Augmentation of lung antineutrophil elastase capacity with recombinant human α-1-antitrypsin

M. A. Casolaro, G. Fells, M. Wewers, J. E. Pierce, F. Ogushi, R. Hubbard, S. Sellers, J. Forstrom, D. Lyons, G. Kawasaki, Ronald Crystal

Research output: Contribution to journalArticle

51 Citations (Scopus)

Abstract

To evaluate the potential use of recombinant DNA-produced α-1-antitrypsin (α-1-AT) to augment the lung antineutrophil elastase defenses in α-1-AT deficiency, we compared the kinetics of intravenously administered recombinant produced α-1-AT (rα-1-AT) and purified normal human plasma α-1-AT (pα-1-AT) in the blood and lung of rhesus monkeys. The rα-1-AT was produced in yeast transformed with an expressing plasmid containing a full-length human α-1-AT complementary deoxyribonucleic acid and purified to > 99% homogeneity. The rα-1-AT has a molecular weight of 45,000, no carbohydrates, and is identical in sequence to normal plasma α-1-AT except for an additional N-terminal acetylmethionine. Despite its lack of carbohydrates, the rα-1-AT inhibited human neutrophil elastase with an association rate constant similar to that of pα-1-AT. Rhesus monkeys were infused intravenously with 120 mg/kg of rα-1-AT (n = 13) or pα-1-AT (n = 12) and the serum, urine, and lung epithelial lining fluid (ELF) concentrations of these molecules quantified at various intervals. Although the initial serum levels of the rα-1-AT and pα-1-AT were both dose dependent, the pα-1-AT remained in the blood for at least 4 days, whereas the rα-1-AT disappared rapidly, such that it was barely detectable at 24 h and strikingly, although no pα-1-AT was detectable in the urine at any time, 38% of the intravenously administered rα-1-AT was excreted within 3 h. Similar to its behavior in humans, the pα-1-AT diffused into the lung such that its concentration in the ELF of the lower respiratory tract 1-4 days after infusion was ~ 10% that in serum. Interestingly, the rα-1-AT molecule also diffused into the lung, with ELF levels at 24 h similar to that of the pα-1-AT. Furthermore, although the rα-1-AT ELF levels declined by 48 and 96 h to below those of the pα-1-AT ELF levels, the rα-1-AT ELF levels exceeded those in blood at the same time points and, like the pα-1-AT, resulted in a significant augmentation of the antineutrophil elastase capacity of the ELF. Thus, in primates, human-based rα-1-AT has very different pharmacokinetics than does human pα-1-AT, likely because of its modified charge and/or conformation. Despite this, however, the rα-1-AT does diffuse into the lung and augment the antineutrophil elastase capacity of the ELF of the lower respiratory tract, suggesting that it has potential as a therapeutic agent in the treatment of disorders such as α-1-AT deficiency.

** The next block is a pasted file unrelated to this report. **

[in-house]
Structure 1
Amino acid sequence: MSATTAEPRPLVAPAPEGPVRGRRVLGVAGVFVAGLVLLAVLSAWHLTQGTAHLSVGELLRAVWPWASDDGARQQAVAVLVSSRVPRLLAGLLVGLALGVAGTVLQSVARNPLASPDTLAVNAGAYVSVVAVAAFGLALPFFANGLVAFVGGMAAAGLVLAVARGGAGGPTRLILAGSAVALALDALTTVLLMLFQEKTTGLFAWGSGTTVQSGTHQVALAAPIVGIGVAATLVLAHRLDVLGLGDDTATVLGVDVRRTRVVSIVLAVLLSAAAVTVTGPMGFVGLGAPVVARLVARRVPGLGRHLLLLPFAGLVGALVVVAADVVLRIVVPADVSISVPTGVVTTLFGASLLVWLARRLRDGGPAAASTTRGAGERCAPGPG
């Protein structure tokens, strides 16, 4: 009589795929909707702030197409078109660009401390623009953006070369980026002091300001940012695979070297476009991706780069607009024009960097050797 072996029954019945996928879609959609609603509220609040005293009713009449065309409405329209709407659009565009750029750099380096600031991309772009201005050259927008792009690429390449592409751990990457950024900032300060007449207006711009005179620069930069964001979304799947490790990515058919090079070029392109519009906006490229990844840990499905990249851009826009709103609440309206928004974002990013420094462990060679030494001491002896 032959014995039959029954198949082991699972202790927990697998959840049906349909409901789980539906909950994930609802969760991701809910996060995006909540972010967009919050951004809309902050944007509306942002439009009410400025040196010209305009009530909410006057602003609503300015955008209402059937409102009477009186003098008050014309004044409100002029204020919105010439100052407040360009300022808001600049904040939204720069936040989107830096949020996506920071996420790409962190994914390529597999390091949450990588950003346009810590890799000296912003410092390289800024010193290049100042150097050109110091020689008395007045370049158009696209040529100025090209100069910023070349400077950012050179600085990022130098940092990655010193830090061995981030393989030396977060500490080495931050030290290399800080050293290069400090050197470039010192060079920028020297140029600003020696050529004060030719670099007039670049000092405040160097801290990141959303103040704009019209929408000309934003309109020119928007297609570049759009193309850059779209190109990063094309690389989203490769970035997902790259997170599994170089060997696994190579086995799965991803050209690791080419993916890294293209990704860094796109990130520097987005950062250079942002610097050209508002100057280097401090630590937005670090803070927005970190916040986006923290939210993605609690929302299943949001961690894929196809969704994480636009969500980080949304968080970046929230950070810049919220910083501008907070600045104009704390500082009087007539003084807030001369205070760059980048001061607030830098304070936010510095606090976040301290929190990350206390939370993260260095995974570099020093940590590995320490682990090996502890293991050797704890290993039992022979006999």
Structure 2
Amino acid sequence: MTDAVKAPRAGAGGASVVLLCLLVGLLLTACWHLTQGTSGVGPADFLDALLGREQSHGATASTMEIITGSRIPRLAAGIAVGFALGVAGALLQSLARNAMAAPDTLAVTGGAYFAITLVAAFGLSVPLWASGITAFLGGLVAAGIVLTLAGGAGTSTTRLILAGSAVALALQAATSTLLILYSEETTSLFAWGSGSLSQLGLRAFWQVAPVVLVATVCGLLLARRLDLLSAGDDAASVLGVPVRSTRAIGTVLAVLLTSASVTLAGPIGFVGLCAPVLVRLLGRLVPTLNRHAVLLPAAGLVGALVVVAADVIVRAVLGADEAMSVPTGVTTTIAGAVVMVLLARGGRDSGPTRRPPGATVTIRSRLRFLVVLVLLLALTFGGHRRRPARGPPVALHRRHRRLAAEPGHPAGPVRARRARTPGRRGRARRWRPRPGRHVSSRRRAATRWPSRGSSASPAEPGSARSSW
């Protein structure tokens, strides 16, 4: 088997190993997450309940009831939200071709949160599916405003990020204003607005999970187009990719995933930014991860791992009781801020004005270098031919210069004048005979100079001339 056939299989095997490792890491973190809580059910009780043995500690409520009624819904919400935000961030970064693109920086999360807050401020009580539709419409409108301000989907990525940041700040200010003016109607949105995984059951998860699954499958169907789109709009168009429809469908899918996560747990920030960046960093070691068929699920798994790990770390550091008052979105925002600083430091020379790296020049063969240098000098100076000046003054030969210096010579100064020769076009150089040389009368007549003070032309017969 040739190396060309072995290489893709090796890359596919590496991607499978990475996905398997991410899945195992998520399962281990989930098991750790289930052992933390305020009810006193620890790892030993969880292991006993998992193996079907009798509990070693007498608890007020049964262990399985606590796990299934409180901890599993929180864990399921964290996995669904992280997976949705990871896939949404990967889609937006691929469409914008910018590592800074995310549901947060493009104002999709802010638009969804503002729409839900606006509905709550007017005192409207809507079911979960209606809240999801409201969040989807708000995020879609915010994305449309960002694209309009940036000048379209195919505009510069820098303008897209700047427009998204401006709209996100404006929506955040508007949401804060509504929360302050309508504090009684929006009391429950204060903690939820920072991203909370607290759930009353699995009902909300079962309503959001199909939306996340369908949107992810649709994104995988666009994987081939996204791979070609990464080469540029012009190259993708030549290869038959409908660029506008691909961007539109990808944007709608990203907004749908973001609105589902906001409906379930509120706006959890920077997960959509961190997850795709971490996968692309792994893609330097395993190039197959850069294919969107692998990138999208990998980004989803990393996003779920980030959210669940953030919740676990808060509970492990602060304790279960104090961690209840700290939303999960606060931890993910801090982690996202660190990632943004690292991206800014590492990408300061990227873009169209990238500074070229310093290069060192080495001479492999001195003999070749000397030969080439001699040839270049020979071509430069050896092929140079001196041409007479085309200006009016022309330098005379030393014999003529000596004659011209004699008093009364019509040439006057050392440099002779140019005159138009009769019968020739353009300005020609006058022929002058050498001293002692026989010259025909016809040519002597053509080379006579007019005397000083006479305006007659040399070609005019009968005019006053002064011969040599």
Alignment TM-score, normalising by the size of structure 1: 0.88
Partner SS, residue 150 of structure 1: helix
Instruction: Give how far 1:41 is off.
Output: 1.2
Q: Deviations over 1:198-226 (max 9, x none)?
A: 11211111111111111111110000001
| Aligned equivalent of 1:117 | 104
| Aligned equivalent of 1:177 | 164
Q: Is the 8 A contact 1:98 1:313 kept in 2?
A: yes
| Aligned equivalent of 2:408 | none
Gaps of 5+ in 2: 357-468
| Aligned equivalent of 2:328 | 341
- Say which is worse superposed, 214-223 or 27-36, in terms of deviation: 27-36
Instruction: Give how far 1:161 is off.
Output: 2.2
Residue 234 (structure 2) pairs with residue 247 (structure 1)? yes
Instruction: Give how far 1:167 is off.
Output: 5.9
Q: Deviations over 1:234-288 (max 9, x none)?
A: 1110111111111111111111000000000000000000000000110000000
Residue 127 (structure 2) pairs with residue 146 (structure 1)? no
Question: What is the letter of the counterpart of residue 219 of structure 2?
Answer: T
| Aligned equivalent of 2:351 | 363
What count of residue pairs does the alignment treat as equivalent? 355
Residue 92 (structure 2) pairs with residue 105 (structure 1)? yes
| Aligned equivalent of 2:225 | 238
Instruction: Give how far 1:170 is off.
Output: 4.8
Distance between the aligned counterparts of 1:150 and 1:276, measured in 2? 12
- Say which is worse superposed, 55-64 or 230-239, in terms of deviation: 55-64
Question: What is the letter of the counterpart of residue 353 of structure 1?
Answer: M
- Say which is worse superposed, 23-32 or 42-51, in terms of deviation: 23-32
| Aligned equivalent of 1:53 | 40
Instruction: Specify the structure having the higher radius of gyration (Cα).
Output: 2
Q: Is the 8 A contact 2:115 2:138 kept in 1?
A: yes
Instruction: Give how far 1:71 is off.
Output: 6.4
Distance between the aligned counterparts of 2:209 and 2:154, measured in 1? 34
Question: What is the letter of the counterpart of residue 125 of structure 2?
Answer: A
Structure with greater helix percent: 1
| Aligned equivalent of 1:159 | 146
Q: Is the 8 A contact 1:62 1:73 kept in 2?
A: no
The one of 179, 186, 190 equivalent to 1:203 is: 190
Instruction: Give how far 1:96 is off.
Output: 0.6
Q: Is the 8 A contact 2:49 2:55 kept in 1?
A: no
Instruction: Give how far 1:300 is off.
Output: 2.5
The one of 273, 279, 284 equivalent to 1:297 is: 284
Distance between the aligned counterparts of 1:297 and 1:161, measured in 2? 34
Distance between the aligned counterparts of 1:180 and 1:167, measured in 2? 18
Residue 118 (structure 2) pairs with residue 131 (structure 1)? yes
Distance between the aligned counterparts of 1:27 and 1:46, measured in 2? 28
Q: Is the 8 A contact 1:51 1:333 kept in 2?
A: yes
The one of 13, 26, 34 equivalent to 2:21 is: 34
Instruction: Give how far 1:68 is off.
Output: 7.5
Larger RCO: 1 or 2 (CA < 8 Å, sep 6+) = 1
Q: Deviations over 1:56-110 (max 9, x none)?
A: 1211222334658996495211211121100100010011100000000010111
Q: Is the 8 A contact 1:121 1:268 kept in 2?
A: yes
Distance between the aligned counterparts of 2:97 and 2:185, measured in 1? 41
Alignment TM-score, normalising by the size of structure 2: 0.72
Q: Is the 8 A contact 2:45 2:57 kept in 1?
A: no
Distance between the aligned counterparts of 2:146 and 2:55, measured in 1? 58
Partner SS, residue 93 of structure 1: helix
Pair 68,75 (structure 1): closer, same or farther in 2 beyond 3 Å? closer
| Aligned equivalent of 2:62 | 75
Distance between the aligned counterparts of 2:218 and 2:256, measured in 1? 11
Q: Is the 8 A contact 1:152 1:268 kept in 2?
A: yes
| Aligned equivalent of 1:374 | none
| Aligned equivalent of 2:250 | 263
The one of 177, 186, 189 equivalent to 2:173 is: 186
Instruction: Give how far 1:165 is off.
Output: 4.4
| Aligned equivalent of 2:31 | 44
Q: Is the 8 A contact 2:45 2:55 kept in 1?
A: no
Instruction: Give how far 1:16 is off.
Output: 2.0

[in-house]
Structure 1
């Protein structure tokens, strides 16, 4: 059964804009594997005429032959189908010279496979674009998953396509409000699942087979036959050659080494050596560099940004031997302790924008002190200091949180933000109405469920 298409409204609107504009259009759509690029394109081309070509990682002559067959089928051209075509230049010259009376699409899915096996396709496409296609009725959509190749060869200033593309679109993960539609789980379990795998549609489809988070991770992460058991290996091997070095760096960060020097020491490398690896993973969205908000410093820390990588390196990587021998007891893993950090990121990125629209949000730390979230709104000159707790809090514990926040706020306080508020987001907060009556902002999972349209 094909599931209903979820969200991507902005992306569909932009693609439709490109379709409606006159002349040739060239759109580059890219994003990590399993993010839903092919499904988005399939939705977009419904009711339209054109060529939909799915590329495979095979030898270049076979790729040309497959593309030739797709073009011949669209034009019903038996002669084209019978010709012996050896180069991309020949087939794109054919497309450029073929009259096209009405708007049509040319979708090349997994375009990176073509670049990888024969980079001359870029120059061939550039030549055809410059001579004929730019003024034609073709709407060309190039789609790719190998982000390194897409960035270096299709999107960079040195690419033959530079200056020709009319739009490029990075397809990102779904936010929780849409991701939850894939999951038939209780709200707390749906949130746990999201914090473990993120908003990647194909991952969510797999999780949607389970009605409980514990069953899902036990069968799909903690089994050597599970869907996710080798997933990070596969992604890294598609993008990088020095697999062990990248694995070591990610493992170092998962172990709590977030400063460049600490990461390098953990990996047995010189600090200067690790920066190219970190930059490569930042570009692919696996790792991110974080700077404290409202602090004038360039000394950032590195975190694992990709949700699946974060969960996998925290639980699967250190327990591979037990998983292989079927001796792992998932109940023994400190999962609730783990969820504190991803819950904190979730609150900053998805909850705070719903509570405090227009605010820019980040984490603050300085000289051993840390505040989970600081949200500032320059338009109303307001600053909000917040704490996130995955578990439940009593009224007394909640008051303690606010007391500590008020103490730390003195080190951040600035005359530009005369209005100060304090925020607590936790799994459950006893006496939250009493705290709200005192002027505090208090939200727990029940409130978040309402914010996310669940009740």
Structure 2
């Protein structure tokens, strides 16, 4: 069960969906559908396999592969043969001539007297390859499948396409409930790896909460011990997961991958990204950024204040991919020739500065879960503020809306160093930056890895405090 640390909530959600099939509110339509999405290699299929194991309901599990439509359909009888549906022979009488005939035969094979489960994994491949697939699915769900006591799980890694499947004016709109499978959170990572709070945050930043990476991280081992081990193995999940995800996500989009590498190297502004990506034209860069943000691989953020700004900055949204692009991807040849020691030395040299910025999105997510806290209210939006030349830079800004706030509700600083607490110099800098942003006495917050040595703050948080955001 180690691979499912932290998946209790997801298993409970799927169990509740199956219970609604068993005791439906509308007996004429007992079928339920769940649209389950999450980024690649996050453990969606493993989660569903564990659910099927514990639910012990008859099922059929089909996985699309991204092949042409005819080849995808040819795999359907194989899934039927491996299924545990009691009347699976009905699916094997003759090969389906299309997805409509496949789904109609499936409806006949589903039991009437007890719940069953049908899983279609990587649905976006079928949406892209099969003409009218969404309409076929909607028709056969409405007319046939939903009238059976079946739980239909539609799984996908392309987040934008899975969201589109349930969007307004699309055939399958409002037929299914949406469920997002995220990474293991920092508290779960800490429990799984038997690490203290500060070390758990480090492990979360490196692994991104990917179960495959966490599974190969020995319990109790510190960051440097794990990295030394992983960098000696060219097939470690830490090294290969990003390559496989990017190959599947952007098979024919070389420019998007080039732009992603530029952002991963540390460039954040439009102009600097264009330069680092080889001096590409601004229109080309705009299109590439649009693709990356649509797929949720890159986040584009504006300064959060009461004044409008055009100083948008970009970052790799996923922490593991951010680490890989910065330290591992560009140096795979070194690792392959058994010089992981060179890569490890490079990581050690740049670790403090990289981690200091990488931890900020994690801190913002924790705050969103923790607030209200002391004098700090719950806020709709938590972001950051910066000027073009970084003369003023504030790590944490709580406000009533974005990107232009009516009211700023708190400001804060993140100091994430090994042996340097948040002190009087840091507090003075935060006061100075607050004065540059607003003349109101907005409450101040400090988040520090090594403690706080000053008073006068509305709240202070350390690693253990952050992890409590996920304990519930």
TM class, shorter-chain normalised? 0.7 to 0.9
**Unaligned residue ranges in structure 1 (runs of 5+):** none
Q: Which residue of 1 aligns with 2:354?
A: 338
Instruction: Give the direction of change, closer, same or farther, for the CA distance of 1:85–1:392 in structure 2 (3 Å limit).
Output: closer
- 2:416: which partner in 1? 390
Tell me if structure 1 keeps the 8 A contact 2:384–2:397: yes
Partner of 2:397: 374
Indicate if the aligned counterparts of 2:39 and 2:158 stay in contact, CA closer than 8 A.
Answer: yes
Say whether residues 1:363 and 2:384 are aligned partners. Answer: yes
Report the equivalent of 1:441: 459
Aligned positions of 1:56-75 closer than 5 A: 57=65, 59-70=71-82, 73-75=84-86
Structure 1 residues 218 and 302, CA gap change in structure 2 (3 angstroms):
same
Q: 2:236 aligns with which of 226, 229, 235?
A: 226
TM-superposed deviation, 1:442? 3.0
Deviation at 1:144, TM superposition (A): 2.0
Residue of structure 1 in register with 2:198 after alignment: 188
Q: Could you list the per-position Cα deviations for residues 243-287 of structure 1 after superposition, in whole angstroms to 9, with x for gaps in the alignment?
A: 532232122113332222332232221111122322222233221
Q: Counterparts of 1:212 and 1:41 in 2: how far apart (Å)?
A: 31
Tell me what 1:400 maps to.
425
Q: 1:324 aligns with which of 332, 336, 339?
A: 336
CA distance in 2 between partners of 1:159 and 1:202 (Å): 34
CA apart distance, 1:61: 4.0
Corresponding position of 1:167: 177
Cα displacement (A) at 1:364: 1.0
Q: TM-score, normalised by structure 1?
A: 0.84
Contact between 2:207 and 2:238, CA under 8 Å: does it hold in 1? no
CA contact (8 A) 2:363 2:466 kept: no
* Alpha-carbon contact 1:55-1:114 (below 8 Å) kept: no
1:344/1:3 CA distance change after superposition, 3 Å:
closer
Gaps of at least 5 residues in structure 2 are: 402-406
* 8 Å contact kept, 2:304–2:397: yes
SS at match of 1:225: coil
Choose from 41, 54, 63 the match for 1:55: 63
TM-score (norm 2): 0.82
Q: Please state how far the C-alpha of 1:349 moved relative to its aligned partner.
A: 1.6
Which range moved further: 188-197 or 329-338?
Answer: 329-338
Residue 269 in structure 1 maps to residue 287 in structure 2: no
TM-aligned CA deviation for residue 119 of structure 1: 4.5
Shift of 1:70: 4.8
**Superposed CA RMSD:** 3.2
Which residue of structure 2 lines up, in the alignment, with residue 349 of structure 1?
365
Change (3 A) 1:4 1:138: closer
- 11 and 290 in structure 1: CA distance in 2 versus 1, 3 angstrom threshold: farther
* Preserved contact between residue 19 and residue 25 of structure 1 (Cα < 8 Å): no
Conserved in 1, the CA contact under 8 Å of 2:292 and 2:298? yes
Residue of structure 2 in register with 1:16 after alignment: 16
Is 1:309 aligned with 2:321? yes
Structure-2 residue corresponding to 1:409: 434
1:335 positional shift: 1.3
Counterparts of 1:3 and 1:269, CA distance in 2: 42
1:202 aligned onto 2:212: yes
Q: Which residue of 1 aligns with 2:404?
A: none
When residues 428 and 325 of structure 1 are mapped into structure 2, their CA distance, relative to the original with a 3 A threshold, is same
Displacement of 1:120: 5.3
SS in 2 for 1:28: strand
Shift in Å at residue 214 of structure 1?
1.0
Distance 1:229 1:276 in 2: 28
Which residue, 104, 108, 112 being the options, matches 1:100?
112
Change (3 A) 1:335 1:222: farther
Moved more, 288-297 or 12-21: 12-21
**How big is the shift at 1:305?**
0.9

Original languageEnglish
Pages (from-to)2015-2023
Number of pages9
JournalJournal of Applied Physiology
Volume63
Issue number5
Publication statusPublished - 1 Dec 1987
Externally publishedYes

Fingerprint

Pancreatic Elastase
Lung
Macaca mulatta
Respiratory System
Serum
Carbohydrates
Urine
Leukocyte Elastase
Recombinant DNA
Primates
Plasmids
Pharmacokinetics
Yeasts
Molecular Weight

ASJC Scopus subject areas

  • Physiology
  • Physiology (medical)

Cite this

Casolaro, M. A., Fells, G., Wewers, M., Pierce, J. E., Ogushi, F., Hubbard, R., ... Crystal, R. (1987). Augmentation of lung antineutrophil elastase capacity with recombinant human α-1-antitrypsin. Journal of Applied Physiology, 63(5), 2015-2023.

Augmentation of lung antineutrophil elastase capacity with recombinant human α-1-antitrypsin. / Casolaro, M. A.; Fells, G.; Wewers, M.; Pierce, J. E.; Ogushi, F.; Hubbard, R.; Sellers, S.; Forstrom, J.; Lyons, D.; Kawasaki, G.; Crystal, Ronald.

In: Journal of Applied Physiology, Vol. 63, No. 5, 01.12.1987, p. 2015-2023.

Research output: Contribution to journalArticle

Casolaro, MA, Fells, G, Wewers, M, Pierce, JE, Ogushi, F, Hubbard, R, Sellers, S, Forstrom, J, Lyons, D, Kawasaki, G & Crystal, R 1987, 'Augmentation of lung antineutrophil elastase capacity with recombinant human α-1-antitrypsin', Journal of Applied Physiology, vol. 63, no. 5, pp. 2015-2023.
Casolaro MA, Fells G, Wewers M, Pierce JE, Ogushi F, Hubbard R et al. Augmentation of lung antineutrophil elastase capacity with recombinant human α-1-antitrypsin. Journal of Applied Physiology. 1987 Dec 1;63(5):2015-2023.